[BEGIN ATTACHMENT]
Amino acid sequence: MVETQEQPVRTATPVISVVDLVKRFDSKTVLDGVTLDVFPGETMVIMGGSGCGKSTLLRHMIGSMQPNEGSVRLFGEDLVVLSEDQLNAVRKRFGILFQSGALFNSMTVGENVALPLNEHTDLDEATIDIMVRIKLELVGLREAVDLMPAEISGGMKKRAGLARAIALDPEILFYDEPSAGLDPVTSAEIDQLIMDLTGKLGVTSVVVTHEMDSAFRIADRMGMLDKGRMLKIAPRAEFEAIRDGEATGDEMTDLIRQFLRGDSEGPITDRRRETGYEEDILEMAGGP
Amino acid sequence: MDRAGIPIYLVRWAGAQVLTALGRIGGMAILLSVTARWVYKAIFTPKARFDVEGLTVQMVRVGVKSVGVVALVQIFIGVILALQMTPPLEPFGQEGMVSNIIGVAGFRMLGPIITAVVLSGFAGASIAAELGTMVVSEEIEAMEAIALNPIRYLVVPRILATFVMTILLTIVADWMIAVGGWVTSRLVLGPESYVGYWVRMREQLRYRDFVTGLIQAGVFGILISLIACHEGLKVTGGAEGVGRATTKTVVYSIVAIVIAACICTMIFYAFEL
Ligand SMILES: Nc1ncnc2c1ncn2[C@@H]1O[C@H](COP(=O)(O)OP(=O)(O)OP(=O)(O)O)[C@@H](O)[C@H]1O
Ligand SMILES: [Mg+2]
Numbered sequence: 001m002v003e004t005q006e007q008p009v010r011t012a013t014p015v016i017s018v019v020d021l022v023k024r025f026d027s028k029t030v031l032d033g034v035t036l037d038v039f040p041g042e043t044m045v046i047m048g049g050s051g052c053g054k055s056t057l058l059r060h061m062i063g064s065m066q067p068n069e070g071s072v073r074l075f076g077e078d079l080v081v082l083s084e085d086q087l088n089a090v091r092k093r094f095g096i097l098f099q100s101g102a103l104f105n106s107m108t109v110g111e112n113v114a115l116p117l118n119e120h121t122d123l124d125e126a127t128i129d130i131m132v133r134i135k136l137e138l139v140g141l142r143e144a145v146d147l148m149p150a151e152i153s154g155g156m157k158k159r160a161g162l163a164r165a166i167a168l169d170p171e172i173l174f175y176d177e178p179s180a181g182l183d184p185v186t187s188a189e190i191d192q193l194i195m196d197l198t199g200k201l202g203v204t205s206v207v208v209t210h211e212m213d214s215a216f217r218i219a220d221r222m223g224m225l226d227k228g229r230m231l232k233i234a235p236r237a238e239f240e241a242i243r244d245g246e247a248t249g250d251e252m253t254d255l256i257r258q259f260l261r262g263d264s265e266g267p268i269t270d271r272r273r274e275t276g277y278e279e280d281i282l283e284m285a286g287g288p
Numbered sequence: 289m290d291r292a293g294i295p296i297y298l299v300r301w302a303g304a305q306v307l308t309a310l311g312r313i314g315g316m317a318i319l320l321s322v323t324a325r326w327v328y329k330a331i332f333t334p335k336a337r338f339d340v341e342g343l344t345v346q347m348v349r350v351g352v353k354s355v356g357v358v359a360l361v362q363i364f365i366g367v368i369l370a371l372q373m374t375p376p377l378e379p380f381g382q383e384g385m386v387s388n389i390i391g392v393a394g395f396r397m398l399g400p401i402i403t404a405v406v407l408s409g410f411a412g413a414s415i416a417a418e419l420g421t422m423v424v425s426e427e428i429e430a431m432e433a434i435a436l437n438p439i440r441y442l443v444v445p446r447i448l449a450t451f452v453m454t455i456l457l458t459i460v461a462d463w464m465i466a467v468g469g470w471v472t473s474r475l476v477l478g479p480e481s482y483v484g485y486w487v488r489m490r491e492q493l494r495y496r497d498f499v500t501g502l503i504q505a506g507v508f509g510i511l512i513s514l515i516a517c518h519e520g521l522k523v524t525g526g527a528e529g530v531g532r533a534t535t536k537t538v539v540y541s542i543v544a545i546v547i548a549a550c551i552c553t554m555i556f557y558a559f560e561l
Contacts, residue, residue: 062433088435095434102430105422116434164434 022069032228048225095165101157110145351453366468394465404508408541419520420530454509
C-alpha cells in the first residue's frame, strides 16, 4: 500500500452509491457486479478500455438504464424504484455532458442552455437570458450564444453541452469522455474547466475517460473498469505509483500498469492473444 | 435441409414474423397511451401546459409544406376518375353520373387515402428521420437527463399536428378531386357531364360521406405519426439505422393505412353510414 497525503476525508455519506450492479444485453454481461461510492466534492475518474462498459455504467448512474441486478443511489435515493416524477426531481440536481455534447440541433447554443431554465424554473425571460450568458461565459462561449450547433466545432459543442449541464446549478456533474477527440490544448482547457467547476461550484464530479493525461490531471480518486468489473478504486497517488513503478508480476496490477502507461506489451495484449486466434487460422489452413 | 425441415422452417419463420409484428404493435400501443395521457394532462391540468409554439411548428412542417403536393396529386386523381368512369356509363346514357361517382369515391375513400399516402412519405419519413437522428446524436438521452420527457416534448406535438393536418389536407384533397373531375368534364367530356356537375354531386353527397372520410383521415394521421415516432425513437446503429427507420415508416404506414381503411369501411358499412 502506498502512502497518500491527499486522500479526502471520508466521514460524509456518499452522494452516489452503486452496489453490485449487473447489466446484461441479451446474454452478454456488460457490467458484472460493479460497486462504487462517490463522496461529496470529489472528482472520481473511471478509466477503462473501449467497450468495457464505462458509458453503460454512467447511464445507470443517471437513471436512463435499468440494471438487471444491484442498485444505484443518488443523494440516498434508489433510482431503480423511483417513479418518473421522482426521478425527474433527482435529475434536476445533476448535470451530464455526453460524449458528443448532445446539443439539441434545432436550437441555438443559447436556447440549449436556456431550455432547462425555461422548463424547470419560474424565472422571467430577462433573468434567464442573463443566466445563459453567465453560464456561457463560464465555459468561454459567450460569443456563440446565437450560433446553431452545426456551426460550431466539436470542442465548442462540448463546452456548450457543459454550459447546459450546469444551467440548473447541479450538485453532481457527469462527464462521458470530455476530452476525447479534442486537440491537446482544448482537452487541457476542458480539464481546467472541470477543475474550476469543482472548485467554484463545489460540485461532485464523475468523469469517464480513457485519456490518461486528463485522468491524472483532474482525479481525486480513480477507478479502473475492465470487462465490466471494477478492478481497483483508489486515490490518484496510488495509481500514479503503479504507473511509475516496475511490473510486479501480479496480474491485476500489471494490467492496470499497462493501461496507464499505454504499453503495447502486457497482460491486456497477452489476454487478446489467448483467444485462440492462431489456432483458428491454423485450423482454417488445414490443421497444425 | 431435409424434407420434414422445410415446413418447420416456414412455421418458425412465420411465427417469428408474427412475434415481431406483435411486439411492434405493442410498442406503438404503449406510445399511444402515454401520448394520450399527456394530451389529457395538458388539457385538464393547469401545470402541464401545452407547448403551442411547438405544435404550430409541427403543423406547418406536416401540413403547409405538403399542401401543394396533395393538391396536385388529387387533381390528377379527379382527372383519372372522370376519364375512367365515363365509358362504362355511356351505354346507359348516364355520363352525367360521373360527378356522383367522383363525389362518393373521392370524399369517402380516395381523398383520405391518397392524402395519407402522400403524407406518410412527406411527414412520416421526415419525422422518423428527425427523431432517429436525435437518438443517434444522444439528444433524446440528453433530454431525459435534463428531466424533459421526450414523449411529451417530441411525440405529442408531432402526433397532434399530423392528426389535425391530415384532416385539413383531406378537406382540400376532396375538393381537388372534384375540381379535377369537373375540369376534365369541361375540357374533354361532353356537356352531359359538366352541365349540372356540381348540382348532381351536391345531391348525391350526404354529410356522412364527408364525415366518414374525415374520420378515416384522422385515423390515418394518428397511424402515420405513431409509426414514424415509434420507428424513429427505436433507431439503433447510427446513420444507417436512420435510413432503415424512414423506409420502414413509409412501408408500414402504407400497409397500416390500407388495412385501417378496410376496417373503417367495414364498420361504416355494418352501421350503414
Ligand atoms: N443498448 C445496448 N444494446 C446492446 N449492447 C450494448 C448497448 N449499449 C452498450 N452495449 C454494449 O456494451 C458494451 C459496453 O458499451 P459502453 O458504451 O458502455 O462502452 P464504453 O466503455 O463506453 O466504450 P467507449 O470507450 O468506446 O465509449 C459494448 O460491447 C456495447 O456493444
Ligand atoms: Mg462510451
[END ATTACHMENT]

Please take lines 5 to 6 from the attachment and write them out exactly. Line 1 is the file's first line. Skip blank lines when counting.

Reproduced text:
Numbered sequence: 001m002v003e004t005q006e007q008p009v010r011t012a013t014p015v016i017s018v019v020d021l022v023k024r025f026d027s028k029t030v031l032d033g034v035t036l037d038v039f040p041g042e043t044m045v046i047m048g049g050s051g052c053g054k055s056t057l058l059r060h061m062i063g064s065m066q067p068n069e070g071s072v073r074l075f076g077e078d079l080v081v082l083s084e085d086q087l088n089a090v091r092k093r094f095g096i097l098f099q100s101g102a103l104f105n106s107m108t109v110g111e112n113v114a115l116p117l118n119e120h121t122d123l124d125e126a127t128i129d130i131m132v133r134i135k136l137e138l139v140g141l142r143e144a145v146d147l148m149p150a151e152i153s154g155g156m157k158k159r160a161g162l163a164r165a166i167a168l169d170p171e172i173l174f175y176d177e178p179s180a181g182l183d184p185v186t187s188a189e190i191d192q193l194i195m196d197l198t199g200k201l202g203v204t205s206v207v208v209t210h211e212m213d214s215a216f217r218i219a220d221r222m223g224m225l226d227k228g229r230m231l232k233i234a235p236r237a238e239f240e241a242i243r244d245g246e247a248t249g250d251e252m253t254d255l256i257r258q259f260l261r262g263d264s265e266g267p268i269t270d271r272r273r274e275t276g277y278e279e280d281i282l283e284m285a286g287g288p
Numbered sequence: 289m290d291r292a293g294i295p296i297y298l299v300r301w302a303g304a305q306v307l308t309a310l311g312r313i314g315g316m317a318i319l320l321s322v323t324a325r326w327v328y329k330a331i332f333t334p335k336a337r338f339d340v341e342g343l344t345v346q347m348v349r350v351g352v353k354s355v356g357v358v359a360l361v362q363i364f365i366g367v368i369l370a371l372q373m374t375p376p377l378e379p380f381g382q383e384g385m386v387s388n389i390i391g392v393a394g395f396r397m398l399g400p401i402i403t404a405v406v407l408s409g410f411a412g413a414s415i416a417a418e419l420g421t422m423v424v425s426e427e428i429e430a431m432e433a434i435a436l437n438p439i440r441y442l443v444v445p446r447i448l449a450t451f452v453m454t455i456l457l458t459i460v461a462d463w464m465i466a467v468g469g470w471v472t473s474r475l476v477l478g479p480e481s482y483v484g485y486w487v488r489m490r491e492q493l494r495y496r497d498f499v500t501g502l503i504q505a506g507v508f509g510i511l512i513s514l515i516a517c518h519e520g521l522k523v524t525g526g527a528e529g530v531g532r533a534t535t536k537t538v539v540y541s542i543v544a545i546v547i548a549a550c551i552c553t554m555i556f557y558a559f560e561l